Swans - love will tear us apart
Just to make sure that we were clear on the point that 1988 was indeed the bleak peak of the Winter of Hate, the Swans gave us two versions of Love Will Tear Us Apart, both actually quite nice, fragile even.  Jarboe's version gets the nod here, because she's just got the nicer voice.  And you really do need a little nice when you're dealing with the most suicidally depressing love song ever.  As a friend pointed out long ago, note the certainty of it.  Not love MIGHT tear us apart.  It WILL.  And it did.  But that's another story. 

Bob Dylan - it's all over now, Baby Blue
Technically, I shouldn't be including this song as I'm pretty sure it precedes the Like A Rolling Stone snare shot
that gave impetus for the Apocalypse we're not just observing here, but continuing to participate in.  But such is the nature of such ruptures in the space-time continuum, there's always an implosion-like suck that pulls key details of the recent past forward, mixes them up with the various smithereens floating around.  Thus, we have yonder orphan with his gun crying like a fire in the sun.  It makes perfect sense if you've got the right kind of eyes, and ears.

Queen - tenement funster + flick of the wrist + lily of the valley
They all flow nicely together, but take a look at the lyrics and there seems to be three distinctly different things going on here.  Tenement Funster's a raw piece of kitchen sink glam.  Flick of the Wrist is a bitchy bit of spite (with operatic moments and not just a little malevolence).  And Lily of the Valley's a lovely bit of epic love.  Thus we are reminded one more time of how Queen always had more ideas and angles going than any nine other bands, and the chops to do everything full justice.  When this stuff landed in the various teenage rec-rooms of suburbia circa 1974/75, let's just say a great hunger was sated – one we weren't even fully aware we had.  Something to do with passion and fun, and raunch that was always under control.

David Bowie - five years
At first I wasn't even going to include any Ziggy Stardust on this list.  It just seemed inconceivable that there was anybody who hadn't already heard it all.  But then, just last month Five Years pops up on an old mix tape and young Tracy (who isn't even that young) says, is this John Lennon?  Five Years being the 1972 song that accurately predicted the end of the world in 1977.  Which I realize is a confusing FACT to lay down, particularly to those born since 1977.  Just trust me, it's true.  This is not the same world as before.  Something very weird happened in 1977 and we've all been spinning in weird gravity ever since.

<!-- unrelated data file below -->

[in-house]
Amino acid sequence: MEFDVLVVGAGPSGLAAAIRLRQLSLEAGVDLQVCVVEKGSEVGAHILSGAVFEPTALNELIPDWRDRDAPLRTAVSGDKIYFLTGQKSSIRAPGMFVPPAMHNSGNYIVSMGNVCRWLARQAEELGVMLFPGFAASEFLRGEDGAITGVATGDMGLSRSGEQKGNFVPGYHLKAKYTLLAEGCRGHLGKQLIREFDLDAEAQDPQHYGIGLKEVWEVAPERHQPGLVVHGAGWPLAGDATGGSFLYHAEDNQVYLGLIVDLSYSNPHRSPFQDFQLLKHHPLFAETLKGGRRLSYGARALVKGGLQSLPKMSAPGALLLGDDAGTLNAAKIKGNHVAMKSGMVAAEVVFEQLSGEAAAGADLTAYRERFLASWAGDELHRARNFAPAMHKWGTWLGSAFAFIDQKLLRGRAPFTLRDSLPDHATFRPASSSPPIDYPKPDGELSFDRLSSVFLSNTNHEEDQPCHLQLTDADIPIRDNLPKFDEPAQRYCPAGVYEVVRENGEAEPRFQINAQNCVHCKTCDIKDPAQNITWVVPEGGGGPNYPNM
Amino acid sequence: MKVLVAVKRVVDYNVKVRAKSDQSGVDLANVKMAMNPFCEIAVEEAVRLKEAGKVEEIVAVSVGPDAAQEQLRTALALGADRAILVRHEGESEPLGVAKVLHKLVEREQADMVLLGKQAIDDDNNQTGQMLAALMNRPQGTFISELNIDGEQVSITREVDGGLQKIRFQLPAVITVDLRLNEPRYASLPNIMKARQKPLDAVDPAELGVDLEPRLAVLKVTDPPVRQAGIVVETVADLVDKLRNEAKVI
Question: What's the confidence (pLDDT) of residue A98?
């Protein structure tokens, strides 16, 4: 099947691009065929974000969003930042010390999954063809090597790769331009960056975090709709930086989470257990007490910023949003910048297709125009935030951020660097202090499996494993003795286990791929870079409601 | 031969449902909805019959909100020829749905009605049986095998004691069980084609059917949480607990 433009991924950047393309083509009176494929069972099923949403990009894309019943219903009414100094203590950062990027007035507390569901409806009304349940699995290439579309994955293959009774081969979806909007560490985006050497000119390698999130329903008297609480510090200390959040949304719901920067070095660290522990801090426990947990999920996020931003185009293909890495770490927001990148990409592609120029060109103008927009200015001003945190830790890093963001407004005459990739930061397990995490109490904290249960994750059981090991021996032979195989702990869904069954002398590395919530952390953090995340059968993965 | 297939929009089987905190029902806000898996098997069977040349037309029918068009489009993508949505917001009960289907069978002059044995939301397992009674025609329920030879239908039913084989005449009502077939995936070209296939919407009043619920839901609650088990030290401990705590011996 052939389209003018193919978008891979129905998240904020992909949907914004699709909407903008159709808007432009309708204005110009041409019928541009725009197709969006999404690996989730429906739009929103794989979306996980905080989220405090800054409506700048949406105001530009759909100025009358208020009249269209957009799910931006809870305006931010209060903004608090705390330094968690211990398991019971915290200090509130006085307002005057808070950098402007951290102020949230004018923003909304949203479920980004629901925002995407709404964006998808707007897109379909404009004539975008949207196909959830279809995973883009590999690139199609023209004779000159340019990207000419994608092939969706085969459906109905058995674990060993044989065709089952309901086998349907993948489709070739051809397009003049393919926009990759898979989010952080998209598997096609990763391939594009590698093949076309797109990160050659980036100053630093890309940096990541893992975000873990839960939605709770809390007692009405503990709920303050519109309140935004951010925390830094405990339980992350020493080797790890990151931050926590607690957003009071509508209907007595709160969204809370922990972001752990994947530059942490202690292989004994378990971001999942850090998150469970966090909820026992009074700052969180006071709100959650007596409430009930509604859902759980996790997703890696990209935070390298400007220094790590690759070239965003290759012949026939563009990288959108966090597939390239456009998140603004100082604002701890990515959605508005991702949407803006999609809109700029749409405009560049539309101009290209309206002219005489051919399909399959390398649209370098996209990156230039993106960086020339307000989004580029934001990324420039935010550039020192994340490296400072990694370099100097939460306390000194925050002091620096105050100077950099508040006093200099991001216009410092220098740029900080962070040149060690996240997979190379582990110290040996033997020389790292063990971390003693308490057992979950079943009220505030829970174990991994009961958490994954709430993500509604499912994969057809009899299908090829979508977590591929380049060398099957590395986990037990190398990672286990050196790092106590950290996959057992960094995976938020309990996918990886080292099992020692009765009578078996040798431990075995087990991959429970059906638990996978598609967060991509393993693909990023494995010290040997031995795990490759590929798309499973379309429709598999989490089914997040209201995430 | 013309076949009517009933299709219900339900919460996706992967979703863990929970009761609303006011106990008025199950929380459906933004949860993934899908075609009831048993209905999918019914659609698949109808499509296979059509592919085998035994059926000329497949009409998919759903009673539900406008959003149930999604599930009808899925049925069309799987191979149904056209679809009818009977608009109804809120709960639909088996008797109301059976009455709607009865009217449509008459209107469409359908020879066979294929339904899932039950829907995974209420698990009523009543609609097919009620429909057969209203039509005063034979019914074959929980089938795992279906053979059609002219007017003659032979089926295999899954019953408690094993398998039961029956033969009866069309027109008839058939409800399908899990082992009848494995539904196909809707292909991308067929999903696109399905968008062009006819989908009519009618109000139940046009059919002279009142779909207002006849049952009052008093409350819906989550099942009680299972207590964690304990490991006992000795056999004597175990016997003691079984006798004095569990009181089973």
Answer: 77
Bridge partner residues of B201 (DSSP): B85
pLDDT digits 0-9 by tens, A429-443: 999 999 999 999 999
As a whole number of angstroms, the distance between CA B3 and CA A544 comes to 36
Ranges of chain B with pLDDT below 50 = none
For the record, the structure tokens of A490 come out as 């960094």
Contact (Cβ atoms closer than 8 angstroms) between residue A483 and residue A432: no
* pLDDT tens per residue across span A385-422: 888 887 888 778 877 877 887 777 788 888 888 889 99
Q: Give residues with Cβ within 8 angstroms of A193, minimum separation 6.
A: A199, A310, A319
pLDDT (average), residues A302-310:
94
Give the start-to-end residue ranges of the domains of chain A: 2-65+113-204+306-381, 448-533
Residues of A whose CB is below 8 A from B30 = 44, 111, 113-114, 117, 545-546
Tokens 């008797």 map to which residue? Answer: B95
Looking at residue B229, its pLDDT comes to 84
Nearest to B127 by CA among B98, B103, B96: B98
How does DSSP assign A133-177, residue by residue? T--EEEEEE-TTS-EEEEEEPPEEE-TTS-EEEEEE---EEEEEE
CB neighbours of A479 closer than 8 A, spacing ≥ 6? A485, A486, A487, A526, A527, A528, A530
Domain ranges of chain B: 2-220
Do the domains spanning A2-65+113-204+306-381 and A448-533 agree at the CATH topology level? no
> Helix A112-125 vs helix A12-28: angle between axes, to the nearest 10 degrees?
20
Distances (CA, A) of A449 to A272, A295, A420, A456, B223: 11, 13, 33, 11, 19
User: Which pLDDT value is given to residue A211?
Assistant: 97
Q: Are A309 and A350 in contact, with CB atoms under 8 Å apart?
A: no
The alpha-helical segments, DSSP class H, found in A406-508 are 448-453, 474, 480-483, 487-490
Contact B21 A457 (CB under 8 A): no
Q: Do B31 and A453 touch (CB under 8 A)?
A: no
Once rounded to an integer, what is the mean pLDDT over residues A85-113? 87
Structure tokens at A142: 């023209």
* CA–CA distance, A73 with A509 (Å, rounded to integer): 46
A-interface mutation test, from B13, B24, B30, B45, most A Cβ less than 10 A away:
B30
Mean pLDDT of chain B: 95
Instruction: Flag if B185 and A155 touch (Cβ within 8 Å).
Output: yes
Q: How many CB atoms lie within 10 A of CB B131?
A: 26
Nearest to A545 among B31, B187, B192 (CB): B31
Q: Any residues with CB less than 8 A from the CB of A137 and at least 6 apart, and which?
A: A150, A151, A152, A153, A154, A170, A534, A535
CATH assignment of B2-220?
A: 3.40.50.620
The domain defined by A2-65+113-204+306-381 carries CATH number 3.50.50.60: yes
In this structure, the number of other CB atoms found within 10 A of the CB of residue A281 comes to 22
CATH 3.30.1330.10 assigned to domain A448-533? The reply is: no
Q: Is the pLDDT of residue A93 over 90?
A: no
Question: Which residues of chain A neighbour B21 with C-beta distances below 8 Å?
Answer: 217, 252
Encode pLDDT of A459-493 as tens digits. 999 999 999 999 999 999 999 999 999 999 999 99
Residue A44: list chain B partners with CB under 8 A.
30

Melanie - Mr. Tambourine Man
I guess Melanie was always suspect, a little too emotive, maudlin, skin deep – even for the 60s.  But man, if she didn't find something in Dylan's Tambourine Man that nobody else has.  Particularly the part about dancing beneath the diamond sky with one hand waving free - Silhouetted by the sea, circled by the circus sands - With all memory and fate driven deep beneath the waves.  Yeah, it's chewing a bit of scenery, but it's also freedom itself, captured in sorrow, as in a snapshot, at sunset somewhere, a great storm passing safely in the far distance … for now. 

Talk Talk - the rainbow Eden + desire
It's Spring, 1989, the year I ended up in London somehow.  Actually, it's a long story that makes perfect sense if you know all the details, experienced as drama, later realized to be a sort of absurdist romantic comedy.  Which is only connected to Talk Talk's Spirit of Eden, because I bought the cassette while I was in London, very low on cash, a lovely day when I had nothing to do but hang around and wonder what the hell I was doing there in that dirty old town.  Anyway, I was wandering through the big HMV and there it was, remaindered.  Dead cheap.  So what the hell, I bought it.  What I knew of Talk Talk was that they were a better than average synth-pop outfit.  What I wasn't expecting was the deep and moody and ultimately gobsmackingly epic first side – three titles (The Rainbow, Eden + Desire) but all one song to my ears.  Exactly what I needed to get my thinking straight and buy the first ticket out of town.  Needless to say, I picked up the vinyl as soon as I returned to the Terminal City.